Mike is recognized as a national leader. He was honored in 2005 by Time Magazine as one of the five best governors in America. Governing Magazine named him on of its “Public Officials of the Year” for 2005. Also in 2005 he received the American Association of Retired Person’s “Impact Award”. The National Association of Music Merchants presented him with the “Music for Life Award” in 2007 for his commitment to music education.

On a personal level he is an avid runner having completed four marathons including the New York Marathon. Huckabee enjoys playing bass guitar in his rock band, Capitol Offense. They have opened for major acts such as Willie Nelson and the Charlie Daniels Band.

Here is what Mike has to say about some key personal issues, as well as issues facing the United States.

“My faith is my life – it defines me. My faith doesn’t influence my decisions, it drives them. For example, when it comes to the environment, I believe in being a good steward of the earth. I don’t separate my faith from my personal and professional lives.”

“The first thing I will do as President is send Congress my comprehensive plan for energy independence. We will achieve energy independence by the end of my second term.”
“Achieving energy independence is vital to achieving success both in the war on terror and in globalization. Energy independence will help guarantee both our safety and our prosperity. We have to explore, we have to conserve, and we have to pursue all avenues of alternative energy: nuclear, wind, solar, hydrogen, clean coal, biodiesel, and biomass.”

“I believe that every child should have the opportunity for a quality education that teaches the fundamental skills needed to compete in a global economy. As I traveled the country and the world over the last decade bringing jobs to Arkansas, the business leaders I met weren’t worried about creating jobs, they were worried about finding skilled and professional workers to fill those jobs.”

War on Terror:
“I believe that we are currently engaged in a world war. Radical Islamic fascists have declared war on our country and our way of life. They have sworn to annihilate each of us who believe in a free society, all in the name of a perversion of religion and an impersonal god. We go to great extremes to save lives, they go to great extremes to take them. This war is not a conventional war, and these terrorists are not a conventional enemy. I will fight the war on terror with the intensity and single-mindedness that it deserves.”

“I support and have always supported passage of a federal constitutional amendment that defines marriage as a union between one man and one woman. As President, I will fight for passage of this amendment. My personal belief is that marriage is between one man and one woman, for life.”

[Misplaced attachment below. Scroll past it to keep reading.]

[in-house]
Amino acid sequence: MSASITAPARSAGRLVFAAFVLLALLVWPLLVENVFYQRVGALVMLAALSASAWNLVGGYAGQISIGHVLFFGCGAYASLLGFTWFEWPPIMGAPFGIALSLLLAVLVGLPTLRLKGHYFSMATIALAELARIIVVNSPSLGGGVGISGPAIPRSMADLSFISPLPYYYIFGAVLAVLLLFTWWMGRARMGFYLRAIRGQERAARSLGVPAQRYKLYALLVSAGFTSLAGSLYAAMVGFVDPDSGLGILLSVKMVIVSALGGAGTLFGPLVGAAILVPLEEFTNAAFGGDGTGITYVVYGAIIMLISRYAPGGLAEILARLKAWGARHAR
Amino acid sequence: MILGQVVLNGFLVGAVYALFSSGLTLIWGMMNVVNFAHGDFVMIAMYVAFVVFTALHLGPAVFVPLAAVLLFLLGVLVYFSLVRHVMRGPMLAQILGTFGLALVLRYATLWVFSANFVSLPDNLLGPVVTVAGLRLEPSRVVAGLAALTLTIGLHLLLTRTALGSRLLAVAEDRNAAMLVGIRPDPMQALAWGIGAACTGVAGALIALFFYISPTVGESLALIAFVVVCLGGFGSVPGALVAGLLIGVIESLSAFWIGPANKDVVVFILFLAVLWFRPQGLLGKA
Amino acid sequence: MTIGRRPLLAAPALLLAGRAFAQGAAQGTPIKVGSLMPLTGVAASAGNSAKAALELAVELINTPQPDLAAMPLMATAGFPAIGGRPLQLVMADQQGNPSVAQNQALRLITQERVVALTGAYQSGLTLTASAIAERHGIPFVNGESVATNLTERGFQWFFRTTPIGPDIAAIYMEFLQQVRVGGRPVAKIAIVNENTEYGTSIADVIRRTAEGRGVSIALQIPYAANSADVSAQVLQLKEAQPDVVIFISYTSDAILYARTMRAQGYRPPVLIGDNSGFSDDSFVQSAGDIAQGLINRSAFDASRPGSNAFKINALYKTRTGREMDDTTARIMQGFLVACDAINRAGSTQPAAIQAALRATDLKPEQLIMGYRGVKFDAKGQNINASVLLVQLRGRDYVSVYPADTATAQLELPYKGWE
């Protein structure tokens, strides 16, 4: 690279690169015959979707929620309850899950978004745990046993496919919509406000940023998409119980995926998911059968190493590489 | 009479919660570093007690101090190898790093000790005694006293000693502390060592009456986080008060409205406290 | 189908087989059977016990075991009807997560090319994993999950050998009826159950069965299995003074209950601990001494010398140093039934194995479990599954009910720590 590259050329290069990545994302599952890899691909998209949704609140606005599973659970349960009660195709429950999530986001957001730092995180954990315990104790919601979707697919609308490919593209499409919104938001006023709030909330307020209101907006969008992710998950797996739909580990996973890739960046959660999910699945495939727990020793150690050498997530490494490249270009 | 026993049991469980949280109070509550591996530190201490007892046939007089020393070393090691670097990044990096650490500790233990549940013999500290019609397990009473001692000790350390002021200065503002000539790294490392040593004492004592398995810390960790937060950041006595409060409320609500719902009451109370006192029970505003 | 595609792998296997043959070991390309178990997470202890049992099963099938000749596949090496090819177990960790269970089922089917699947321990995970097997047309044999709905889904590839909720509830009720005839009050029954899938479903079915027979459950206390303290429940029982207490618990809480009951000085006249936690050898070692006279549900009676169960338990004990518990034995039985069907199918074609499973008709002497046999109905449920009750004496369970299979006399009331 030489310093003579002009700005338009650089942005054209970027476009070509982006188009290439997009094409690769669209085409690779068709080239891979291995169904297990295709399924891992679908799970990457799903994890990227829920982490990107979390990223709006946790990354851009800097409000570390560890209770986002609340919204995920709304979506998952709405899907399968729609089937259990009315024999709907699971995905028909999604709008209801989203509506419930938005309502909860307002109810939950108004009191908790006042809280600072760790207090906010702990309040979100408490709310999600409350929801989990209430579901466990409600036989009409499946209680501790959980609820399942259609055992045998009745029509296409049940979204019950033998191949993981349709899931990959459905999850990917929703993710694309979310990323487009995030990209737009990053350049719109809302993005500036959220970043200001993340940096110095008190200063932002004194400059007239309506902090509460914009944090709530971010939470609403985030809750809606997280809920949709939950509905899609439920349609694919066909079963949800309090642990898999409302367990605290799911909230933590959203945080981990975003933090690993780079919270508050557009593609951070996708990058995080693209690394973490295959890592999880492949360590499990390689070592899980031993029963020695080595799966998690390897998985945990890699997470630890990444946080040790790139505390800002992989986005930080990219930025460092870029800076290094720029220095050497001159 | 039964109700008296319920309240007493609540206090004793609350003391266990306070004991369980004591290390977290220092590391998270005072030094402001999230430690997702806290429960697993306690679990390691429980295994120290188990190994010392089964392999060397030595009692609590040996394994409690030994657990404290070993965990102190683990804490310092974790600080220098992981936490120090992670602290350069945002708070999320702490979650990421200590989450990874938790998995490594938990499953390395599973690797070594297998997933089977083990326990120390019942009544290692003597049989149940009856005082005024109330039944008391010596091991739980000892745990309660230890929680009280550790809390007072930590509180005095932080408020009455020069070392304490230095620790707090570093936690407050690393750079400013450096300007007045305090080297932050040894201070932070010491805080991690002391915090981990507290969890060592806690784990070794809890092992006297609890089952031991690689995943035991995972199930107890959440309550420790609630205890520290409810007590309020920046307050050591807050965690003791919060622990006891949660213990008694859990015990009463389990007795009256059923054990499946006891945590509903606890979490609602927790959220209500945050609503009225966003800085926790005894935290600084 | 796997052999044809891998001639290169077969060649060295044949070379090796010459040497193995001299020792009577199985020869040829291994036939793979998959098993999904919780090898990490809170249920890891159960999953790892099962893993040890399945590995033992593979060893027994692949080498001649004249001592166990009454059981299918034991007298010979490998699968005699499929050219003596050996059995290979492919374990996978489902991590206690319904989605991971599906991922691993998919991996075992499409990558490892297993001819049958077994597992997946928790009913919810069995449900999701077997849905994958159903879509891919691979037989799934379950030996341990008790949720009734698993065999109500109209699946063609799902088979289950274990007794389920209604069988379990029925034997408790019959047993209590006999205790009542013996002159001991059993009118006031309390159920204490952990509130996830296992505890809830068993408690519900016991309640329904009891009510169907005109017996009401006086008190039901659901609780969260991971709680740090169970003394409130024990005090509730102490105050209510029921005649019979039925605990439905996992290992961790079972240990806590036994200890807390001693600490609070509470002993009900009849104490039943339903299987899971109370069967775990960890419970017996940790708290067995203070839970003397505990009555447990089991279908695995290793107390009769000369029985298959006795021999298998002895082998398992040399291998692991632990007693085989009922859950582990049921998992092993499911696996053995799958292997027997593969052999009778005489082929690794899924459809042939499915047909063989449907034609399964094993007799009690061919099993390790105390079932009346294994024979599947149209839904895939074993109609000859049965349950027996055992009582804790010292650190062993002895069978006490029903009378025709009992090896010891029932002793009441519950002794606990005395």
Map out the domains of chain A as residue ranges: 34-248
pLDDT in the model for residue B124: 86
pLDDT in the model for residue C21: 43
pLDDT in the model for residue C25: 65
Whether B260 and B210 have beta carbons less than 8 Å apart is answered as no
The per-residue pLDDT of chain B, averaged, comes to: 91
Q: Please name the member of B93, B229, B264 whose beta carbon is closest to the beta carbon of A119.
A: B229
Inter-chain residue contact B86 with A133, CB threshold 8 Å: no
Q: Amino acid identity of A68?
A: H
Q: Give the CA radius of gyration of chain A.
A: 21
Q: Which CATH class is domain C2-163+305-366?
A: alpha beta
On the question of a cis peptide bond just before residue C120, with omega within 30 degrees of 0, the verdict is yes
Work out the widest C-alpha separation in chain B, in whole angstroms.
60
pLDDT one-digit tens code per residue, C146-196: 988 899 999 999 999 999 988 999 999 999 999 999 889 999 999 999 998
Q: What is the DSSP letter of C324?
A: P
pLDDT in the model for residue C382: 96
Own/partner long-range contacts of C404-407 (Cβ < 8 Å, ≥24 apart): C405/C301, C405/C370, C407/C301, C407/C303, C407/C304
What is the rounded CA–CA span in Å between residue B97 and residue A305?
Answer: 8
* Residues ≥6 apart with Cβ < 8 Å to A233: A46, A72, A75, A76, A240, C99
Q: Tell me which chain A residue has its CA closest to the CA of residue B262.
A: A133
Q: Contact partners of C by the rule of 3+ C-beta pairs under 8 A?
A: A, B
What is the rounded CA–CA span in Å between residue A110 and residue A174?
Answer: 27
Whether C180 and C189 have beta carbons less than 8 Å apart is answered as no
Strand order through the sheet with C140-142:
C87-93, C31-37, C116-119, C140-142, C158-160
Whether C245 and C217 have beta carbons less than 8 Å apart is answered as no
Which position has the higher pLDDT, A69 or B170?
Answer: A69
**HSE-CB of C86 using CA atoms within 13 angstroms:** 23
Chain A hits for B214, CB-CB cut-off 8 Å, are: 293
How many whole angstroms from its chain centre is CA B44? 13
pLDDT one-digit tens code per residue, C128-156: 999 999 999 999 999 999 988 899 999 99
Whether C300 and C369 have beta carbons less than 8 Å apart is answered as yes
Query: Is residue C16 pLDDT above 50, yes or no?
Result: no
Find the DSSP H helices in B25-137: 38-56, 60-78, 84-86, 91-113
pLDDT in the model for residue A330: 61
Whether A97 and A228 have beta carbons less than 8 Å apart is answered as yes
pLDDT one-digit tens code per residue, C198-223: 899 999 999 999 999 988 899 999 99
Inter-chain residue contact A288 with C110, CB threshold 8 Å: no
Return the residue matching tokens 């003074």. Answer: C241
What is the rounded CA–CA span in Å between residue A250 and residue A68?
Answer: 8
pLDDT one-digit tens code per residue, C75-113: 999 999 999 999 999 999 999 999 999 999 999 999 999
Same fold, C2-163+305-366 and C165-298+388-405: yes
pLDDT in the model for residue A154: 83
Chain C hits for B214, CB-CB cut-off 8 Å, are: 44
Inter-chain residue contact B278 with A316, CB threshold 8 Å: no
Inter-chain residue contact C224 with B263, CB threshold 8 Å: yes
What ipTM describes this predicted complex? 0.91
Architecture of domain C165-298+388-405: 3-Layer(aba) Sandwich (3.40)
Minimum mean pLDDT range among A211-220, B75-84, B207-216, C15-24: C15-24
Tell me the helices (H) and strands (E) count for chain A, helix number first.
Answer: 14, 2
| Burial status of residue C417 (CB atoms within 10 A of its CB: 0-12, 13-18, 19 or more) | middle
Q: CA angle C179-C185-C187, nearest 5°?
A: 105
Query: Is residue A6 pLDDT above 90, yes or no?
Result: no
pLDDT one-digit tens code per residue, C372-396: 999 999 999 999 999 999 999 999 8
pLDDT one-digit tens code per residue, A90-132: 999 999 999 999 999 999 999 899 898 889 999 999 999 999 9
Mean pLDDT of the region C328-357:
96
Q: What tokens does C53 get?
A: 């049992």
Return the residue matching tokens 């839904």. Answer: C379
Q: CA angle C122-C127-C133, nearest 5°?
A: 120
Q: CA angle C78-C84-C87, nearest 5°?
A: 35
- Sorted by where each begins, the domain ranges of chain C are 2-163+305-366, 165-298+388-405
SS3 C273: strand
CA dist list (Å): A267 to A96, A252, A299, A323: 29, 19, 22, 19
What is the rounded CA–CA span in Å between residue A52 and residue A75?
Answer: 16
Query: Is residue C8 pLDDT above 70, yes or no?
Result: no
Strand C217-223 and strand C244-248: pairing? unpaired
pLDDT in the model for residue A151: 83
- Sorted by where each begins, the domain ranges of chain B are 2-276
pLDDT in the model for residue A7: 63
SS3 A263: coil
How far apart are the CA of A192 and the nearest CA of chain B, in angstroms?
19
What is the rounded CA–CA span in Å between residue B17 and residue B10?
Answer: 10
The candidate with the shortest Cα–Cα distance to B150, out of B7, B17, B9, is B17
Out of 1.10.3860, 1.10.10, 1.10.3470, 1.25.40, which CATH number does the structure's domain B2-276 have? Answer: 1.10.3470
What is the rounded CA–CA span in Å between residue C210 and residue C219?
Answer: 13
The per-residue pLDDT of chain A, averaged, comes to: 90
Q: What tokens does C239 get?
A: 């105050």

“My wife Janet and I celebrated our thirty-third wedding anniversary this past May. For us, every anniversary is a miracle. When we were both twenty and married just over a year, when I was in my last semester of college, Janet was diagnosed with cancer of the spine. I can’t tell you what a stunning blow it was – two kids just starting out, you don’t think something like that can happen when you’re so young. Yet there we were, staring death in the face. At first, they told us that even if she lived, she might be paralyzed from the waist down, so I’d be a young man with an invalid wife. After I learned she wouldn’t be paralyzed, I was told that because of the radiation she had to receive following surgery, we’d probably never have children. I wanted children very much, I couldn’t imagine never being a father. During that time, a lot of things went through my mind. But one thing never did – the thought of leaving her. If Janet were in a wheelchair today, if we’d never had children, I can tell you this – she would still be my wife.”

More information on Mr. Huckabee and his stand on issues can be found on his official website:

Finally I want to state for the record that I am impartial in this election. You see I am Canadian and obviously can’t vote, but as a citizen of Canada, ally, friend, and next-door neighbor of America, I am keenly interested in who will be the next President of the United States.

Kennedy Assassination, November 22, 1963: Reflections

November 22, 2007


(Frame from Zapruder Film shows Kennedy clutching his throat as the first shot strikes him.)

November 22, 1963 – where were you? I know exactly where I was when I heard the shocking news of the death of the young American President. I was in high school and just finishing classes that Friday afternoon when the announcement came over the public address system that President John F. Kennedy had been shot and killed in Dallas, Texas.

I for one can’t believe it is now 44 years later and still the man and the event fascinates. To my children it is just something they hear about in history books, but to me it is living history. The events of that tragic weekend created a new awareness in my fourteen year old mind. History, politics and world affairs were suddenly thrust into my everyday consiousness. Seeing world leaders from almost all the countries of the world marching in the solemn funeral procession made me realize how deeply we can be affected by world events.